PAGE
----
Phone Charger Explodes on Teen’s Bed, Leaving Him With Second-Degree Burns

September 9, 2020 Updated: September 9, 2020

A 15-year-old boy woke up with excruciating pain after his portable phone charger exploded in the night leaving him with second-degree burns.

Colton Pingree, who lives in Tuolumne, California, usually slept with his phone charging on his bed. The middle schooler’s bed was on fire after his charging pack exploded, leaving him with burns across his back and arms.

The teen managed to put out the fire but now faces a lengthy recovery.

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On Aug. 18, the night of the explosion, Colton woke up at 2:30 a.m. lying on the floor “really confused” and sensed something wasn’t right.

“I felt a really strong pain in my back, my arm burnt a little bit and it just smelt really weird,” Colton said, reported the Daily Mail.

Mother Shari Pingree turned to social media to share the images of her son’s burned back with a “big warning” and a piece of advice for others.

“This is a big warning for all you parents out there. Please share this with your children family and friends,” she wrote. “Lucky Colton will be ok. It could have been really bad if it wasn’t for his quick reaction.”

“I myself always fall asleep with my phone on my bed. I won’t anymore,” the mother added.

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There was nothing unusual about what Colton did that night, but the problem came from where he positioned his portable phone charger.

“I was charging my charging pack so I could have it for school the next day—it was laying on my bed right next to one of my pillows and I was rolled over with my back on it,” Colton said, according to the Daily Mail.

The exploded charger had “pushed [him] off the bed, and he woke with flames nearby. He was understandably panicked, especially as his disabled uncle lives in the family house and would have difficulty evacuating in a house fire.

“I woke up in a panic—I stood up and started grabbing the fire with my bare hands and rolling it out,” Colton said.

Thankfully, he had a bottle of water nearby to keep the fire from spreading any further.

“I had a small pocket knife beside me so I poked a hole at the top of the cap and started spraying the spots that were still smoldering and red,” he said.

Colton then ran to the bathroom with the still-flaming charger and dumped it into the toilet to put it out before running down to his parents’ room.

His father, Andrew Pingree, 49, said: “I was half asleep, woke up really quickly, and went to his bedroom with him and he had two large comforters on his bed which were burnt pretty bad.”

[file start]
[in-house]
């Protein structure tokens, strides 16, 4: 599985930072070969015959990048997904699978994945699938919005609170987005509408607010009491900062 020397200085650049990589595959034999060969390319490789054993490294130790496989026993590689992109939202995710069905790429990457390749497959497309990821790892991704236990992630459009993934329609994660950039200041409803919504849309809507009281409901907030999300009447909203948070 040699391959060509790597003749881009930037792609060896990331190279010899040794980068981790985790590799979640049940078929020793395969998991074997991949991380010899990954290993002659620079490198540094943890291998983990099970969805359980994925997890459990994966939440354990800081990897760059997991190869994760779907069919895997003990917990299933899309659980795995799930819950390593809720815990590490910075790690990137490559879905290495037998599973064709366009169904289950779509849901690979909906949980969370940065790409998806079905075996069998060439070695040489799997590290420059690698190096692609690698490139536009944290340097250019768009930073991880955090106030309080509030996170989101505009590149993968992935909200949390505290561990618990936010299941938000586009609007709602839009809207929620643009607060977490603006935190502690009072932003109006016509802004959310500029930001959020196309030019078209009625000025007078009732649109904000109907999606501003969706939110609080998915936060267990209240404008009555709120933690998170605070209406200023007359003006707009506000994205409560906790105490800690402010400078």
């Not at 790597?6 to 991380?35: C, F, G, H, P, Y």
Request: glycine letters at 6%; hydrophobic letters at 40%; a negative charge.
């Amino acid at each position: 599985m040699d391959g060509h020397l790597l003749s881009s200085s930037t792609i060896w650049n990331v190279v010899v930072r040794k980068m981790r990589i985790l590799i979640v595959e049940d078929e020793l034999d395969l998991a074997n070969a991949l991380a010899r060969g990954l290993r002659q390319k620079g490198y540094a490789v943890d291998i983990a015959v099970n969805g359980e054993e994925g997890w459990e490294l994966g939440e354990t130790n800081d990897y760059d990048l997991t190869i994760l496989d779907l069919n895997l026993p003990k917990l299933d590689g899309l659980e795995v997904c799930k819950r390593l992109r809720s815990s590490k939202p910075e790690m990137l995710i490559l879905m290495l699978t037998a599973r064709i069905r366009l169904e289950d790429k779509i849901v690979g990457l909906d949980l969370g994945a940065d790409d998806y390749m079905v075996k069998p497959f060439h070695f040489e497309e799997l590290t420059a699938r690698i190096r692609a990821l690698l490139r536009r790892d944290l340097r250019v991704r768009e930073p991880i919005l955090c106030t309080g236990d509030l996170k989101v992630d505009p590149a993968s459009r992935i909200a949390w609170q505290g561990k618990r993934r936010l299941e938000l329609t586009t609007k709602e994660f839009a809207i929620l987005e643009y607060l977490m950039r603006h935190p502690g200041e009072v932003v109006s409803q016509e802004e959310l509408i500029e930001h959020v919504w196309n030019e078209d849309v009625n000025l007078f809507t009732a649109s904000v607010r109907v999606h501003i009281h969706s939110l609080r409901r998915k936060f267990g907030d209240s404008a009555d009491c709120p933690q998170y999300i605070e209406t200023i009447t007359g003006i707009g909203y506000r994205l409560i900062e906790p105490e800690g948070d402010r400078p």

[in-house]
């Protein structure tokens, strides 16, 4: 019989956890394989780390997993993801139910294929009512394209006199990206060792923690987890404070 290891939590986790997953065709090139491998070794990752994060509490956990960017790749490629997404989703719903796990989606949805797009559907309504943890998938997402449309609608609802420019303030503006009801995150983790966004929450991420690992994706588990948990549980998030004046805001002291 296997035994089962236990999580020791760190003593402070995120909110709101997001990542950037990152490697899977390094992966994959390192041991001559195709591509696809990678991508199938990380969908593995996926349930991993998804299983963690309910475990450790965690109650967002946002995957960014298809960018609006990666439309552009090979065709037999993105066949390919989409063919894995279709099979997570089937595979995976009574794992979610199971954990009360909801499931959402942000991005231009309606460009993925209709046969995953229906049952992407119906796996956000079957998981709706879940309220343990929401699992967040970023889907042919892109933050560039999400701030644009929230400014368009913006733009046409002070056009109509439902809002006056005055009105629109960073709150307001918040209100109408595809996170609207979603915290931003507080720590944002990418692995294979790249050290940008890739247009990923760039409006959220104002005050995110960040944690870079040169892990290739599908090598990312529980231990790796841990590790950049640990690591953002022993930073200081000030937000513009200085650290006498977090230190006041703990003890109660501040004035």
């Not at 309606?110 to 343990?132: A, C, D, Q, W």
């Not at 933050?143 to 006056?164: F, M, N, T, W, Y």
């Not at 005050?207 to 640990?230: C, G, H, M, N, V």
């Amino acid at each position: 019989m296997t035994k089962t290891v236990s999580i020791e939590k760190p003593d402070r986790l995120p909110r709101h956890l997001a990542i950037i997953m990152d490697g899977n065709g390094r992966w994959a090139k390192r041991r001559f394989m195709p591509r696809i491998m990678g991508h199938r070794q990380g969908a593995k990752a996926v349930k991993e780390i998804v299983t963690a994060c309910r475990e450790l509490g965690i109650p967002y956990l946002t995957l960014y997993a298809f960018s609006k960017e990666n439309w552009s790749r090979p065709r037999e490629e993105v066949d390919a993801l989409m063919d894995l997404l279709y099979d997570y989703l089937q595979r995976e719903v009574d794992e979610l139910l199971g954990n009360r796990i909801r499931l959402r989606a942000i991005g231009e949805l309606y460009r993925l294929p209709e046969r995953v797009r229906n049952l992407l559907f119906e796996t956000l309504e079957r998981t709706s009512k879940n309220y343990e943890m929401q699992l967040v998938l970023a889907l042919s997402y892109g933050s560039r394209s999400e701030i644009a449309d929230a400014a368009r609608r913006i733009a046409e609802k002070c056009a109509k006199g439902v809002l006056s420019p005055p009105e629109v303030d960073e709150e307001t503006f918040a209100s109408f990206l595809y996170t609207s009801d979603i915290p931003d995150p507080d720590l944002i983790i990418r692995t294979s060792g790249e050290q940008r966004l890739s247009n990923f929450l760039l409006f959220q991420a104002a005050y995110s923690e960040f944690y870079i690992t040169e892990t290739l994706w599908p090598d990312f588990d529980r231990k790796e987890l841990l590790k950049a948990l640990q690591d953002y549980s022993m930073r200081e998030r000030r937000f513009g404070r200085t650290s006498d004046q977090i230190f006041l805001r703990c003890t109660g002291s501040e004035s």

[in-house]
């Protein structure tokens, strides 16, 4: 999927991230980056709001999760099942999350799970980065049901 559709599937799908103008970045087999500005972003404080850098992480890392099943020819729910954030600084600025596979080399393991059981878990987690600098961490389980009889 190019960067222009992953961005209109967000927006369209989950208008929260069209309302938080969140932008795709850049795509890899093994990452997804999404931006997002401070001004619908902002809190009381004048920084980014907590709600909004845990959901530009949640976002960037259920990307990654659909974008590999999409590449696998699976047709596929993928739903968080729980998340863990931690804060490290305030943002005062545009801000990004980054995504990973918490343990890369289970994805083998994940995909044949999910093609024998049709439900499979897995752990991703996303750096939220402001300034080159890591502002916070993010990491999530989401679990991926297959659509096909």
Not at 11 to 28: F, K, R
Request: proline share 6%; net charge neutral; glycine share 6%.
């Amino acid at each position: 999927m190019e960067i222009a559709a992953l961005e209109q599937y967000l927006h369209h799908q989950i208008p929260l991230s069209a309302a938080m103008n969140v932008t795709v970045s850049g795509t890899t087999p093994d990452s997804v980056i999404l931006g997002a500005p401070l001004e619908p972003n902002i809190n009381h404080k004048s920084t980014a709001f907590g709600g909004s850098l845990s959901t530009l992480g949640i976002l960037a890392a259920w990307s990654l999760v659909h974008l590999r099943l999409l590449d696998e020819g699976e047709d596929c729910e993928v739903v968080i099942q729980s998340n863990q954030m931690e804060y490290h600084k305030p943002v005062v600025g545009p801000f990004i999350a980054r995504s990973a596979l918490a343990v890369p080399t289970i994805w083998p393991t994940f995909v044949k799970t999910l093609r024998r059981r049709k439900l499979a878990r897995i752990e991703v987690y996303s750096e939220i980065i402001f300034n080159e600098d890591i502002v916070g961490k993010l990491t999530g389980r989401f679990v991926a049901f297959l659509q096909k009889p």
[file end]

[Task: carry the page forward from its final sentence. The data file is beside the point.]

“It was a pretty good explosion—little hot sharp metal pieces basically burnt the lower end of his buttocks and back and scattered out all the way to the wall across his bed,” dad Andrew said.

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Once the family was sure the fire was out, they attended to Colton, who had visible burns.

At first, the adrenaline rush kept Colton busy in putting out the fire and from experiencing too much pain, but as it wore off, he had trouble sleeping due to the progressing discomfort. After a visit to the doctor, Colton’s back was bandaged up, but his family still didn’t realize the full extent of the burns.

“When we first went to the doctor he actually thought it was a big bruise with red burns,” said Colton, “and had me put a patch over it.”

When Colton removed the bandage in order to put a fresh one on, a patch of his skin came off.

“It’s basically a second degree burn—the first layer was pretty much demolished and then he had like a super bad sunburn on the second layer of skin,” the dad said.

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Once realizing the severity of the burns, the Pingree family was able to get Colton proper treatment, and his burns are now recovering. The family isn’t sure if the explosion happened because of the particular charging pack.

“We’re not sure how old it was, it was a device bought off eBay, so it was pretty hard for us to figure out how long we’ve had it,” Andrew said.

However, the main message that the Pingree family wants to convey is to get phones and chargers off the bed.

“Don’t keep charging packs with you when you’re sleeping—just have them away from you and somewhere that’s not easy to catch on fire,” Colton said.

“I suggest that others don’t sleep with them either as it could happen to anyone—I never expected that.”

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